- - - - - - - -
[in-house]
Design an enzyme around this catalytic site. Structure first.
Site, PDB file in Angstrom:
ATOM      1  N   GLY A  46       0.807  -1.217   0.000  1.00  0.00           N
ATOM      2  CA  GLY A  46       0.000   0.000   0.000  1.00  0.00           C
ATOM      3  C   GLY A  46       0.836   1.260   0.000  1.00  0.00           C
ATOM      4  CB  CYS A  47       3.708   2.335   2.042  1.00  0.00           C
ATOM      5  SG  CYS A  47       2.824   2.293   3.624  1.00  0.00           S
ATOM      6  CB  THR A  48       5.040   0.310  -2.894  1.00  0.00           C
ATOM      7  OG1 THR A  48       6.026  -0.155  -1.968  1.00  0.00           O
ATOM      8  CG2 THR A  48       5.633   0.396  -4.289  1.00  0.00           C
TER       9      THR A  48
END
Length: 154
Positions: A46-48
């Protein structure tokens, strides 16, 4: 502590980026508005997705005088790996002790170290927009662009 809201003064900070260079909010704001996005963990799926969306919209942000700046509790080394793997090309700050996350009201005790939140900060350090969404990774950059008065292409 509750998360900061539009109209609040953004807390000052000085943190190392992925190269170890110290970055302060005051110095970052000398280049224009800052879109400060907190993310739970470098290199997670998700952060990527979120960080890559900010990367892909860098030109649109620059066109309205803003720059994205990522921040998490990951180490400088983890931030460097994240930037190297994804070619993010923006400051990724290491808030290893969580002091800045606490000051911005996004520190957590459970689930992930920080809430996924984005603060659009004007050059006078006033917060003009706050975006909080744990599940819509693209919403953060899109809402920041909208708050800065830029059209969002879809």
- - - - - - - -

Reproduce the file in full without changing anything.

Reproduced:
[in-house]
Design an enzyme around this catalytic site. Structure first.
Site, PDB file in Angstrom:
ATOM      1  N   GLY A  46       0.807  -1.217   0.000  1.00  0.00           N
ATOM      2  CA  GLY A  46       0.000   0.000   0.000  1.00  0.00           C
ATOM      3  C   GLY A  46       0.836   1.260   0.000  1.00  0.00           C
ATOM      4  CB  CYS A  47       3.708   2.335   2.042  1.00  0.00           C
ATOM      5  SG  CYS A  47       2.824   2.293   3.624  1.00  0.00           S
ATOM      6  CB  THR A  48       5.040   0.310  -2.894  1.00  0.00           C
ATOM      7  OG1 THR A  48       6.026  -0.155  -1.968  1.00  0.00           O
ATOM      8  CG2 THR A  48       5.633   0.396  -4.289  1.00  0.00           C
TER       9      THR A  48
END
Length: 154
Positions: A46-48
């Protein structure tokens, strides 16, 4: 502590980026508005997705005088790996002790170290927009662009 809201003064900070260079909010704001996005963990799926969306919209942000700046509790080394793997090309700050996350009201005790939140900060350090969404990774950059008065292409 509750998360900061539009109209609040953004807390000052000085943190190392992925190269170890110290970055302060005051110095970052000398280049224009800052879109400060907190993310739970470098290199997670998700952060990527979120960080890559900010990367892909860098030109649109620059066109309205803003720059994205990522921040998490990951180490400088983890931030460097994240930037190297994804070619993010923006400051990724290491808030290893969580002091800045606490000051911005996004520190957590459970689930992930920080809430996924984005603060659009004007050059006078006033917060003009706050975006909080744990599940819509693209919403953060899109809402920041909208708050800065830029059209969002879809």